I came to a forest clearing, right on the river bank. The morning was so still, silent, sunny. I stopped and stood a while, enjoying the quiet ambience of the forest. There was something for all the senses to enjoy. Faintly, the beat of birds’ wings; the murmur of water gliding over and around mossy rocks; forest glades red, yellow and blue with wild flowers.
My trek to this lovely clearing, in Shincliffe Wood, had started at Durham railway station. I’d headed south, following the river. Very noticeable about the terrain is its ever changing nature. At first this had been flat, easily flooded when the Wear broke its banks. From Shincliffe onwards, the terrain became more demanding, through dense forestation and undergrowth.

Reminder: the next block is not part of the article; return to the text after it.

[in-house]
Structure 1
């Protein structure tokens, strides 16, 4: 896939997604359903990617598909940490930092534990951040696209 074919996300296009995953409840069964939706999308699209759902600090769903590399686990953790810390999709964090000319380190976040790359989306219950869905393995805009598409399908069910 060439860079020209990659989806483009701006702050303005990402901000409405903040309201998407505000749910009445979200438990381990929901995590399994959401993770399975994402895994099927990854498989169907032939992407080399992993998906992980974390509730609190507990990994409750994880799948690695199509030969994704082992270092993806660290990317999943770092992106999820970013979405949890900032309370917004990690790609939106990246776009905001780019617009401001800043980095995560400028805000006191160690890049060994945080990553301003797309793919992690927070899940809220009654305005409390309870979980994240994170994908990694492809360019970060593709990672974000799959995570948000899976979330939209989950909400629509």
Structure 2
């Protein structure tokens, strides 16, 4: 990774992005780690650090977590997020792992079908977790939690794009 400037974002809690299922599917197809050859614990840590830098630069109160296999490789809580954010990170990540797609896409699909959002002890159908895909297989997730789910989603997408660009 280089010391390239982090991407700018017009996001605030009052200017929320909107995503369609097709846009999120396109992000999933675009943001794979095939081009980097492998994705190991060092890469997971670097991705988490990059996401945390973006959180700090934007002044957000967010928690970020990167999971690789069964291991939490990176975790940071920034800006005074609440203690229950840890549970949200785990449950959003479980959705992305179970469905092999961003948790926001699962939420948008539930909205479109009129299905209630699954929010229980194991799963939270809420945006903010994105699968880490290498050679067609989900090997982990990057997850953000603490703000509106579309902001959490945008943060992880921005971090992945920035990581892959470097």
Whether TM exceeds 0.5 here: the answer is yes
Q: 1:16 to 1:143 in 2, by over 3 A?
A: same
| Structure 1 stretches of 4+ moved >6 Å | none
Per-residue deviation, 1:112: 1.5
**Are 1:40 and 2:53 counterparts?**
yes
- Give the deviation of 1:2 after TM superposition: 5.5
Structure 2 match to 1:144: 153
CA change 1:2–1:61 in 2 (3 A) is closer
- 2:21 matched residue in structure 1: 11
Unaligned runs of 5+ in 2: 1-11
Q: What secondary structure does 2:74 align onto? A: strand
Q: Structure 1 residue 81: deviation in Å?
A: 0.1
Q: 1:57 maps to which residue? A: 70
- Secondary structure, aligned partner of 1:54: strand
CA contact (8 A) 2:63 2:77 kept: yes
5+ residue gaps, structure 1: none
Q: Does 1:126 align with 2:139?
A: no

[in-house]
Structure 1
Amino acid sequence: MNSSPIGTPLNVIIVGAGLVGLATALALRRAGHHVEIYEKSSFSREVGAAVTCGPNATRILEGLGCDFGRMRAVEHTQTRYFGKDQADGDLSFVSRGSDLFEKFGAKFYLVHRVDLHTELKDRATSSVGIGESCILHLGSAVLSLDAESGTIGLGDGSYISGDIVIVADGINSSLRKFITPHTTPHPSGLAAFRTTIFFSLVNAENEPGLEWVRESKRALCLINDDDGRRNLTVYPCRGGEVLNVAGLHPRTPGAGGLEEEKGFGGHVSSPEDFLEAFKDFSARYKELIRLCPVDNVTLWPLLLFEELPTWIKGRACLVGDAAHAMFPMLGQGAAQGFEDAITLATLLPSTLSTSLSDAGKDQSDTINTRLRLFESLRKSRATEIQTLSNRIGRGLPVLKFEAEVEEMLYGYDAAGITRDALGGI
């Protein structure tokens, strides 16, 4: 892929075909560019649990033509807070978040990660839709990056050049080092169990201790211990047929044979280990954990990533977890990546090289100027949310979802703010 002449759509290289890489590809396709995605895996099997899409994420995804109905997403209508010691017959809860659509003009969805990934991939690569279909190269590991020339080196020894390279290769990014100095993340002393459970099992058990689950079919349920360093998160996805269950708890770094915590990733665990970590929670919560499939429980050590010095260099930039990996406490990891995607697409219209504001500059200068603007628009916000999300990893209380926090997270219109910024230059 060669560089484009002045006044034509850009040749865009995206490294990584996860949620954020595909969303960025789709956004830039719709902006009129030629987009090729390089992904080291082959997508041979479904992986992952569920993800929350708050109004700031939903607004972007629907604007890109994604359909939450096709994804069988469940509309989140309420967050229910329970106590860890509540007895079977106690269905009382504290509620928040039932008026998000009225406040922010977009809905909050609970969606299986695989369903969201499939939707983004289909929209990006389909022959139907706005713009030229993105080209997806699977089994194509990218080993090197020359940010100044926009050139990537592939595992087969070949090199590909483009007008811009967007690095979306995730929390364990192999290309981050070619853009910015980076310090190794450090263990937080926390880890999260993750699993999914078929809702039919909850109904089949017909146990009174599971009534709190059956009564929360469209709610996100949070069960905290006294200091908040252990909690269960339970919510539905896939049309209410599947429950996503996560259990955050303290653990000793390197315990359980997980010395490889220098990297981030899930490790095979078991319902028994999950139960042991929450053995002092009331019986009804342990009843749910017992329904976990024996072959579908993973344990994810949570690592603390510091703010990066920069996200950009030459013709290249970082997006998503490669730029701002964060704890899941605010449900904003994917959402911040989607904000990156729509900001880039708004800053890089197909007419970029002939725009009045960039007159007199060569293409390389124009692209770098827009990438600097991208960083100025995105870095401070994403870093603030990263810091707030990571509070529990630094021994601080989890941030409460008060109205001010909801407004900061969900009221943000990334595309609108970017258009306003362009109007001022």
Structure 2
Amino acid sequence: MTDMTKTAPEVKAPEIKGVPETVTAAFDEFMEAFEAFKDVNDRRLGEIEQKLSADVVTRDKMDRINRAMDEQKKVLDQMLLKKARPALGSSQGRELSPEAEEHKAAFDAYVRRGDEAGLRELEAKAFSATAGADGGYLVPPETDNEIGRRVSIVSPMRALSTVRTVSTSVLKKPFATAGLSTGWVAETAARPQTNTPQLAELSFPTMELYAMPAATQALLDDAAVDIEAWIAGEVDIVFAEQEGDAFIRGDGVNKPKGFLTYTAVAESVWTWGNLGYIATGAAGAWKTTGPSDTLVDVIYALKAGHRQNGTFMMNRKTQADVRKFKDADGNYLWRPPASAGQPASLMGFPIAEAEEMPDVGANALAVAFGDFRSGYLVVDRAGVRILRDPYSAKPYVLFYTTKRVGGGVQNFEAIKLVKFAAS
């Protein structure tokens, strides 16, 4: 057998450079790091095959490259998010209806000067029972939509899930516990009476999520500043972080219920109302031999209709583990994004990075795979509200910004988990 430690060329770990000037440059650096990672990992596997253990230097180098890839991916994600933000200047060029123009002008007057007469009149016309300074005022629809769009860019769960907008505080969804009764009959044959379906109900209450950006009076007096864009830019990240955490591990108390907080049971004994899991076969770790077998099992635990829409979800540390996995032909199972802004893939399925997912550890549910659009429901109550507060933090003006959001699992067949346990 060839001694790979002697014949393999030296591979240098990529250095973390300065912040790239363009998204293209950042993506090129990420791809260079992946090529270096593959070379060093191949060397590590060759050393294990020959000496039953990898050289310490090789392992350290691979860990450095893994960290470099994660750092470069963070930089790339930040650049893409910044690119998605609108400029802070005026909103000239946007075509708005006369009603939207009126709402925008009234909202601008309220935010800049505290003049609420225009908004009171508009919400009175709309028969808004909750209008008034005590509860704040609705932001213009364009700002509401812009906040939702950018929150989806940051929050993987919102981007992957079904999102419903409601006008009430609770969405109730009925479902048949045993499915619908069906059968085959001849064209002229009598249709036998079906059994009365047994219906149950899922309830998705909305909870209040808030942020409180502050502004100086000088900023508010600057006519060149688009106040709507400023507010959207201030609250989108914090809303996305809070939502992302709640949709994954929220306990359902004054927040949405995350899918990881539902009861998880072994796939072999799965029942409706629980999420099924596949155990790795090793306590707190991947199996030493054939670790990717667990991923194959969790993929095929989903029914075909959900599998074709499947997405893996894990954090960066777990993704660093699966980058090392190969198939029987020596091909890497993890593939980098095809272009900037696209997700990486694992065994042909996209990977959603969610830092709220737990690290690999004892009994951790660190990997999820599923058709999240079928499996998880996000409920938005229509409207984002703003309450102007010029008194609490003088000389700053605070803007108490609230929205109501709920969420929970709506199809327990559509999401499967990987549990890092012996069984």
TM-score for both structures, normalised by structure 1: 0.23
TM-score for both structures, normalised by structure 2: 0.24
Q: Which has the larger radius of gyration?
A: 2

‘Ideal place for a break,’ I thought, un-shrugging the rucksack. So I sat on the river bank and sipped a coffee and looked out over the so still waters. Quite amazing, how the river glowed gold in one place and flashed silver in another. Or lay a deep emerald green, where the mighty old trees grew along the water’s edge.
There was just the faintest breeze, stirring overarching branches, wild flowers, the bracken and ferns. There’d been some tree-felling going on too. Great mounds of tree trunks crowded the river banks. The bark was a brilliant red-brown in the hot hot sun-glare.
Coffee break over, I returned my flask to the rucksack and took to the trail again. This involved a steep climb through the trees. I paused half-way, to get my breath back, looking down at the sheltered little cove. At a river of many dazzling colours.